1. The First Reading is the presentation of the bill itself. There is no debate or a vote.
  2. The Second Reading includes a debate focused on the general principle of the bill, rather than its details. The vote at the debate’s end signals whether MPs agree to it in principle. A program motion usually accompanies this vote and sets out the timetable for the rest of the legislation process.
  3. Presuming MPs pass both, the bill then goes to committee for potential amendments, then to the full House for more amendments, and then to its Third Reading—the final debate, final chance for amendments, and final vote on the bill as amended.
  4. If passed, it then goes to the House of Lords, which either confirms or amends the bill and kicks it back to the Commons.
  5. Once the bill is passed, the Queen provides Royal Assent.

So, today, MPs basically said: “We approve of this thing in principle but want way more time to play with it and duct tape our pet peeves to it, and we want Brexit extended.” Those rejecting the fast timetable had myriad reasons for doing so, ranging from ensuring Northern Ireland wouldn’t be split off from the rest of the union to securing a second referendum to scuttling Brexit entirely. Some want to make minor tweaks, some want wholesale changes. Johnson doesn’t want the latter, and the EU doesn’t seem keen on going back to the drawing board either. Johnson and many others want Brexit to happen on Halloween or—at minimum—a short, “technical extension” to finish the last bits of paperwork after the EU Withdrawal Bill is passed. Hence his initial intent to pull the legislation and Rees-Mogg’s newfound focus on non-Brexit debates. However, in the hours since Tuesday’s vote, Johnson has been lobbying for a chance to ram Brexit through next week. European Commission President Donald Tusk is mulling everything over and considering the extension request.

Officially, according to Johnson, the EU Withdrawal Bill is “paused.” Bercow stated that meant the bill is “in limbo.” Rees-Mogg clarified that it was “in Purgatory.” Clarifying the clarification, Bercow offered this gem: The bill is “not on a journey, it is not progressing, it is not moving from one place to the other. It is static. But it is not a corpse.” You may chuckle if you like—we did.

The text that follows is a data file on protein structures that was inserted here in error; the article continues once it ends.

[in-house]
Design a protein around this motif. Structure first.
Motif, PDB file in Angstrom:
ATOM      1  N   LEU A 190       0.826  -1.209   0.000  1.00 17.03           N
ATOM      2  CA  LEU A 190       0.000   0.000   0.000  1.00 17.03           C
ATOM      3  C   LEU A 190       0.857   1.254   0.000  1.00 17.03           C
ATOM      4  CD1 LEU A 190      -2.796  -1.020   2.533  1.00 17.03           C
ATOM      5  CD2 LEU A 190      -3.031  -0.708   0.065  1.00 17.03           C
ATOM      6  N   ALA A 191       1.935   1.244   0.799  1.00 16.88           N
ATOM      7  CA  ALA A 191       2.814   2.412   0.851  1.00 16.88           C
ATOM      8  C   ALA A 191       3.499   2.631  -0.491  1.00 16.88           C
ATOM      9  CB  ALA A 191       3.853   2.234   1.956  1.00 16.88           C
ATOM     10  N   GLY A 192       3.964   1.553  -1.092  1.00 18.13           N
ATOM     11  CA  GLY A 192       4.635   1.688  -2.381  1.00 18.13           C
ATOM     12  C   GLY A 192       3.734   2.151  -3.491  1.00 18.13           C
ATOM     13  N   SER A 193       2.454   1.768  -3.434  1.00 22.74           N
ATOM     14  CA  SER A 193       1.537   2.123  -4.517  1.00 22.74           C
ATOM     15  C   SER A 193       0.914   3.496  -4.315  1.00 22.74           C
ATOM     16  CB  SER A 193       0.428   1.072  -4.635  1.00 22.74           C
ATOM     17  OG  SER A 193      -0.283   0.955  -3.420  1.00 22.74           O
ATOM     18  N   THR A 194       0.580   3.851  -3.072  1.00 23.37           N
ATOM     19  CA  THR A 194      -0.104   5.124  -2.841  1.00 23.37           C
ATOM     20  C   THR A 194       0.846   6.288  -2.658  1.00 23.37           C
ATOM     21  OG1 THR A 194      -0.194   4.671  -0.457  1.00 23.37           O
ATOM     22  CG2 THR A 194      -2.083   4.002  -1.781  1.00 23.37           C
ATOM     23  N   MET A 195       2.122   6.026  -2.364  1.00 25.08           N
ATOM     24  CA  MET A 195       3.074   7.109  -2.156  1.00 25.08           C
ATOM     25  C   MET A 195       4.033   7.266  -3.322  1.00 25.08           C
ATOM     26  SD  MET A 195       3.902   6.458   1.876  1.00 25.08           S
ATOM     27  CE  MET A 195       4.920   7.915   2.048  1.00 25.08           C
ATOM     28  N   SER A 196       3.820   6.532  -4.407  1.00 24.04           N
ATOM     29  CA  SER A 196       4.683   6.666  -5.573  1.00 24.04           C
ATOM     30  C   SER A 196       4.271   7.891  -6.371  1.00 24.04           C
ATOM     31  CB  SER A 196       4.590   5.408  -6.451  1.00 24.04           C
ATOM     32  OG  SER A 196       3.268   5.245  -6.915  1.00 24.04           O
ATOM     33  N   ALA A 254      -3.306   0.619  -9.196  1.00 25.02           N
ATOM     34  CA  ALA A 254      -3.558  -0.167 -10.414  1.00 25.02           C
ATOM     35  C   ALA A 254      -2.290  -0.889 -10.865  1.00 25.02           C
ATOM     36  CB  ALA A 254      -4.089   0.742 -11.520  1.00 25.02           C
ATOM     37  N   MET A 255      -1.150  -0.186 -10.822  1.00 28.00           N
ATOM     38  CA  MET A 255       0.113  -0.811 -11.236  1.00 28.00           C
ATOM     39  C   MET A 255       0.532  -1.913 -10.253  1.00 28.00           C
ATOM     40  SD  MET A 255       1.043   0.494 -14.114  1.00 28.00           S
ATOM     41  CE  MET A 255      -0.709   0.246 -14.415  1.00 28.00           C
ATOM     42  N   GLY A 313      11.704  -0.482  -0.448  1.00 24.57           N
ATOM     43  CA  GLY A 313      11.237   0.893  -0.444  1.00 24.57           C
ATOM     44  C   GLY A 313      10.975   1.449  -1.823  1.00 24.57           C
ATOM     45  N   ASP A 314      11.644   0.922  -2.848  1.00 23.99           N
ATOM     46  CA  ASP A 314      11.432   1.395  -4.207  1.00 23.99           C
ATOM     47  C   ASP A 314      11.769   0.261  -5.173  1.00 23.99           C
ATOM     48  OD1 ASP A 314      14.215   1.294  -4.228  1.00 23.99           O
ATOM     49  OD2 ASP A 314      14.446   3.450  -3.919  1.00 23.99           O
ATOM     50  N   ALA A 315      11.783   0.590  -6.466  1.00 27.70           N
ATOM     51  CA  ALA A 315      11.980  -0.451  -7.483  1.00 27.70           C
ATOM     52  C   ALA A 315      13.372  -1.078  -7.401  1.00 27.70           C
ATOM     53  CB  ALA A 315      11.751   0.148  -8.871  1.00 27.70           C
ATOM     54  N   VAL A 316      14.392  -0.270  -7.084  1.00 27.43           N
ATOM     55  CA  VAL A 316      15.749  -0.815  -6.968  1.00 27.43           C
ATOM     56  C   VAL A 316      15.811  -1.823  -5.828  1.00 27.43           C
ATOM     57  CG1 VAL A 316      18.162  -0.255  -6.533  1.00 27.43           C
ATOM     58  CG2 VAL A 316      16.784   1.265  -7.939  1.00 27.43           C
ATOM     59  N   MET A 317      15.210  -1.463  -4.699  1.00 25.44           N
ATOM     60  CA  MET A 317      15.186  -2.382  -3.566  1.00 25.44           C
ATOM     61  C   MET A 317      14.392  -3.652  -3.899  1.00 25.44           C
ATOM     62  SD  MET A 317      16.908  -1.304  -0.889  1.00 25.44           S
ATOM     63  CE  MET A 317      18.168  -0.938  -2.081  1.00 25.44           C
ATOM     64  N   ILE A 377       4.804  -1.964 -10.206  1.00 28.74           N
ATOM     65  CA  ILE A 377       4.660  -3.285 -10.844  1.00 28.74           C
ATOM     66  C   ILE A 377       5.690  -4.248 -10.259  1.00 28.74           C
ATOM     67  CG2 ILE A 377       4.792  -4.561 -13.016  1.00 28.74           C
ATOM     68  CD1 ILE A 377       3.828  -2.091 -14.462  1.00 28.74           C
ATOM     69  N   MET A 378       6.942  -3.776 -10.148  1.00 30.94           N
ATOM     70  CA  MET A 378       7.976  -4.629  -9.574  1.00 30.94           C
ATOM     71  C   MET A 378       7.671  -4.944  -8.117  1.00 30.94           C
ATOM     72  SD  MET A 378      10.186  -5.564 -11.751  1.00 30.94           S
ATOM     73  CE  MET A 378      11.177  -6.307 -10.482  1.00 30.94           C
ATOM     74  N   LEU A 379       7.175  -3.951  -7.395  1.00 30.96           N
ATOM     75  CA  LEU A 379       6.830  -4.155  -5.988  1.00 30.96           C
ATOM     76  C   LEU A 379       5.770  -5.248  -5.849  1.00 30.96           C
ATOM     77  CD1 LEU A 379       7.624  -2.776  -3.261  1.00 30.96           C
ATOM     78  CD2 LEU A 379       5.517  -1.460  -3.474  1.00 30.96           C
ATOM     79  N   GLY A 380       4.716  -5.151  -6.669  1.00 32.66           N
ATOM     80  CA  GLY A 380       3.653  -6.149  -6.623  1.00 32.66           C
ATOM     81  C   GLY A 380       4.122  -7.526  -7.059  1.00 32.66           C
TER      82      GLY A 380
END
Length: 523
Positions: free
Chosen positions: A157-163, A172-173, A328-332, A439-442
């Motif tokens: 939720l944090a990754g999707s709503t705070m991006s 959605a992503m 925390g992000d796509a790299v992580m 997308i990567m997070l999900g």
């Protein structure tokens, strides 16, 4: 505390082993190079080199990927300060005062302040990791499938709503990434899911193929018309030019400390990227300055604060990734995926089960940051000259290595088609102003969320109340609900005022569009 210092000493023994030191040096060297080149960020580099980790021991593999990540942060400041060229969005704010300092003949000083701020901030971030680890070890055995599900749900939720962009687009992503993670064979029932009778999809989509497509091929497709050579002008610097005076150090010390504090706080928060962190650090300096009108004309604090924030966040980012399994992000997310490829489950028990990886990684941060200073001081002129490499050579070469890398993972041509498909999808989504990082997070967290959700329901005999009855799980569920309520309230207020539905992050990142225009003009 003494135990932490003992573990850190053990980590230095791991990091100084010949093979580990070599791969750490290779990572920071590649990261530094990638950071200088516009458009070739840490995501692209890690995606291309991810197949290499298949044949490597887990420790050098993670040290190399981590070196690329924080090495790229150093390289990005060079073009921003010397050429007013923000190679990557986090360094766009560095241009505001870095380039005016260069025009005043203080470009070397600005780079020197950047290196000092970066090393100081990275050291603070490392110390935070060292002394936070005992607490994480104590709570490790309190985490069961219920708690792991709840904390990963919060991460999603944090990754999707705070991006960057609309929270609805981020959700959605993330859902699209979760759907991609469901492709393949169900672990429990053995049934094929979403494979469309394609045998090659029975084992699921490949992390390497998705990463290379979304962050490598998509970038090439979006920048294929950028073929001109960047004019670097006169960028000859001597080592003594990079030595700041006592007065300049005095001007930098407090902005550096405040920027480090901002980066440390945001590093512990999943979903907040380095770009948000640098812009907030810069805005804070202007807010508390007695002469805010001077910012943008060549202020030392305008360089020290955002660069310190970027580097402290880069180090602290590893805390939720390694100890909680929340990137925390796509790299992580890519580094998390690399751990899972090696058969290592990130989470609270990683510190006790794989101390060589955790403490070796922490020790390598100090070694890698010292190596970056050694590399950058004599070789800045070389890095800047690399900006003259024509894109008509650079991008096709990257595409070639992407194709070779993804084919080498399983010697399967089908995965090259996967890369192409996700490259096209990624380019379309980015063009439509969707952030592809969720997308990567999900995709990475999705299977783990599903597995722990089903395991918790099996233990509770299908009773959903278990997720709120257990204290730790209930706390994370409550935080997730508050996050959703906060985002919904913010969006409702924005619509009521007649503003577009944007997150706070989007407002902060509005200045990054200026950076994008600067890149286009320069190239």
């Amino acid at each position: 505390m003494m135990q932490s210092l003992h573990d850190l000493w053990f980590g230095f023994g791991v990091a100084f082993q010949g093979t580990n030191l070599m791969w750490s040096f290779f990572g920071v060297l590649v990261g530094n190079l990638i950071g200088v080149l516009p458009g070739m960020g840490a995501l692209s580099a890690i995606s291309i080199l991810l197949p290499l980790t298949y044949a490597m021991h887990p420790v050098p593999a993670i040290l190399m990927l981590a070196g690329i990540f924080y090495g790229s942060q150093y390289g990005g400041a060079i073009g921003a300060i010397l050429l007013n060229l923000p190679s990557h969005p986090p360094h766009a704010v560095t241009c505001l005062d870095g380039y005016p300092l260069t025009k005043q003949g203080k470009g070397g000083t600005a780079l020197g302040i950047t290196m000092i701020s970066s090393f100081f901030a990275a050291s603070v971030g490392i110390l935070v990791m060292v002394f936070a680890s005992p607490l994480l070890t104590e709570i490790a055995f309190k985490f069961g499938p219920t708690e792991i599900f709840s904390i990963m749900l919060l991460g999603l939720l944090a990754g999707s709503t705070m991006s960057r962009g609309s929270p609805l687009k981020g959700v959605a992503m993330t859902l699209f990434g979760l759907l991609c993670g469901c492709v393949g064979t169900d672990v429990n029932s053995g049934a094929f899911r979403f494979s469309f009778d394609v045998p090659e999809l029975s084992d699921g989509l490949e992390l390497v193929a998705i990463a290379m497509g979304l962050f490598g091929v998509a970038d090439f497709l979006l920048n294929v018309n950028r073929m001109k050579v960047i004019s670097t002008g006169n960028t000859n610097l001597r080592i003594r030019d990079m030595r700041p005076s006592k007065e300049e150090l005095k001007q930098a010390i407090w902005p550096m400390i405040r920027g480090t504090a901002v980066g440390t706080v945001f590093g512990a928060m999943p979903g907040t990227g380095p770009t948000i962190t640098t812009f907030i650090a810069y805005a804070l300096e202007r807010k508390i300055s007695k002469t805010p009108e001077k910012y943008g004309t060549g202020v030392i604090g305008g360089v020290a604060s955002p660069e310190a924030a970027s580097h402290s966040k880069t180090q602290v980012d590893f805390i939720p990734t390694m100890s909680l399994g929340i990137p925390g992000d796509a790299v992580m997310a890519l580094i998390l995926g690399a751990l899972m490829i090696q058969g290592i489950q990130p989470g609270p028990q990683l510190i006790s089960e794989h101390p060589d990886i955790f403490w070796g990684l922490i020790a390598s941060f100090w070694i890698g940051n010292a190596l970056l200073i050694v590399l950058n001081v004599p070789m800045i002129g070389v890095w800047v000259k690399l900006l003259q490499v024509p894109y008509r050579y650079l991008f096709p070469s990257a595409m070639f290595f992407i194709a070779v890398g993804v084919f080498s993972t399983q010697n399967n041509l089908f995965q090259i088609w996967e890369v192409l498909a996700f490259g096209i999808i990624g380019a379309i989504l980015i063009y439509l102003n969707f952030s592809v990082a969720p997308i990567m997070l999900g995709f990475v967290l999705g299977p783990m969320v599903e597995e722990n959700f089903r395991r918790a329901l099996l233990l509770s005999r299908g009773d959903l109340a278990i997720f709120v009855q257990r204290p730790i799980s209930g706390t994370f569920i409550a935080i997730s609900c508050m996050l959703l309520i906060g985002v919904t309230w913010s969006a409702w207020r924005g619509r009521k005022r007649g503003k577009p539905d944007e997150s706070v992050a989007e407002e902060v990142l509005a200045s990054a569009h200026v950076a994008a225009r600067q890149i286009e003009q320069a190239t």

From here, this could basically go one of two ways. Johnson could pull the legislation and try to get MPs to approve a general election. In that event, the EU would probably grant an extension. How soon—and whether—Brexit would happen after that would depend on which party won and whether they had a majority. Those are huge unknowns. Or, Johnson could concede to a short delay, give MPs the extra time they asked for, make Brexit finally happen, and then send voters to the polls. We guess a no-deal Brexit on Halloween also remains possible, though it seems highly unlikely based on how the winds are blowing.

Only time will tell what happens. It won’t surprise us if volatility continues alongside these political theatrics. Don’t let it knock you flat. Just stay cool and remember that at some point, this uncertainty will end, life will get back to normal, and businesses and investors can resume thinking long-term and taking risk.

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*The content contained in this article represents only the opinions and viewpoints of the Fisher Investments editorial staff.